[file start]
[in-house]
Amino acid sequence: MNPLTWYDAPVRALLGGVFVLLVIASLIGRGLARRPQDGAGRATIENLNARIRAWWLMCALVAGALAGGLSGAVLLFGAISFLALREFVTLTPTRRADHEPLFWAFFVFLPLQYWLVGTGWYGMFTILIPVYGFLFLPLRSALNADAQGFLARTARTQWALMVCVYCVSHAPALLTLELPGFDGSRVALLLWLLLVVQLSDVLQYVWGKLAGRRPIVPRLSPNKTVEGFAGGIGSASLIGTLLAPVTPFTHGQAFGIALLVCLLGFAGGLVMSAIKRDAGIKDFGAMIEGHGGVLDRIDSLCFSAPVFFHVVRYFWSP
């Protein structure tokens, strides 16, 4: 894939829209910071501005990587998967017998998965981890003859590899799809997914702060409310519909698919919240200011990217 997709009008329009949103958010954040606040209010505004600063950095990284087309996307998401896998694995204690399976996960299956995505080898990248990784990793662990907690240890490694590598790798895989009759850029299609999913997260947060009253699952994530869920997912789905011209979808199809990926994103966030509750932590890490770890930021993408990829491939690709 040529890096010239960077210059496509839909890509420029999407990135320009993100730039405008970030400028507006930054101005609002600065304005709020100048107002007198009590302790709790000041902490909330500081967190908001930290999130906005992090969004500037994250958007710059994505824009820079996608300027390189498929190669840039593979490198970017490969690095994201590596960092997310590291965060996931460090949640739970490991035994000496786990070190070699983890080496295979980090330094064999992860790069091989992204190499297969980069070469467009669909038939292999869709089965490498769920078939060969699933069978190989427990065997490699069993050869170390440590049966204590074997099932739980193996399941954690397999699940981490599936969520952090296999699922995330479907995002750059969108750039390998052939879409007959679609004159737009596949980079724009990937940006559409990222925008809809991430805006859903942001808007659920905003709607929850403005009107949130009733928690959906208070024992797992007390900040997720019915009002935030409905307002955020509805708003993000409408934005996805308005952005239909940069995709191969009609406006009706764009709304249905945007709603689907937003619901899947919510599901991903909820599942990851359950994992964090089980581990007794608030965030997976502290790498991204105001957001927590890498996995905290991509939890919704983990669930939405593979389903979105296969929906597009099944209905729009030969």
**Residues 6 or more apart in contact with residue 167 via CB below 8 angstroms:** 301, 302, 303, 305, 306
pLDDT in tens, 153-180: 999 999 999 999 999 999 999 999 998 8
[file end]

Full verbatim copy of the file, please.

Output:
[in-house]
Amino acid sequence: MNPLTWYDAPVRALLGGVFVLLVIASLIGRGLARRPQDGAGRATIENLNARIRAWWLMCALVAGALAGGLSGAVLLFGAISFLALREFVTLTPTRRADHEPLFWAFFVFLPLQYWLVGTGWYGMFTILIPVYGFLFLPLRSALNADAQGFLARTARTQWALMVCVYCVSHAPALLTLELPGFDGSRVALLLWLLLVVQLSDVLQYVWGKLAGRRPIVPRLSPNKTVEGFAGGIGSASLIGTLLAPVTPFTHGQAFGIALLVCLLGFAGGLVMSAIKRDAGIKDFGAMIEGHGGVLDRIDSLCFSAPVFFHVVRYFWSP
């Protein structure tokens, strides 16, 4: 894939829209910071501005990587998967017998998965981890003859590899799809997914702060409310519909698919919240200011990217 997709009008329009949103958010954040606040209010505004600063950095990284087309996307998401896998694995204690399976996960299956995505080898990248990784990793662990907690240890490694590598790798895989009759850029299609999913997260947060009253699952994530869920997912789905011209979808199809990926994103966030509750932590890490770890930021993408990829491939690709 040529890096010239960077210059496509839909890509420029999407990135320009993100730039405008970030400028507006930054101005609002600065304005709020100048107002007198009590302790709790000041902490909330500081967190908001930290999130906005992090969004500037994250958007710059994505824009820079996608300027390189498929190669840039593979490198970017490969690095994201590596960092997310590291965060996931460090949640739970490991035994000496786990070190070699983890080496295979980090330094064999992860790069091989992204190499297969980069070469467009669909038939292999869709089965490498769920078939060969699933069978190989427990065997490699069993050869170390440590049966204590074997099932739980193996399941954690397999699940981490599936969520952090296999699922995330479907995002750059969108750039390998052939879409007959679609004159737009596949980079724009990937940006559409990222925008809809991430805006859903942001808007659920905003709607929850403005009107949130009733928690959906208070024992797992007390900040997720019915009002935030409905307002955020509805708003993000409408934005996805308005952005239909940069995709191969009609406006009706764009709304249905945007709603689907937003619901899947919510599901991903909820599942990851359950994992964090089980581990007794608030965030997976502290790498991204105001957001927590890498996995905290991509939890919704983990669930939405593979389903979105296969929906597009099944209905729009030969």
**Residues 6 or more apart in contact with residue 167 via CB below 8 angstroms:** 301, 302, 303, 305, 306
pLDDT in tens, 153-180: 999 999 999 999 999 999 999 999 998 8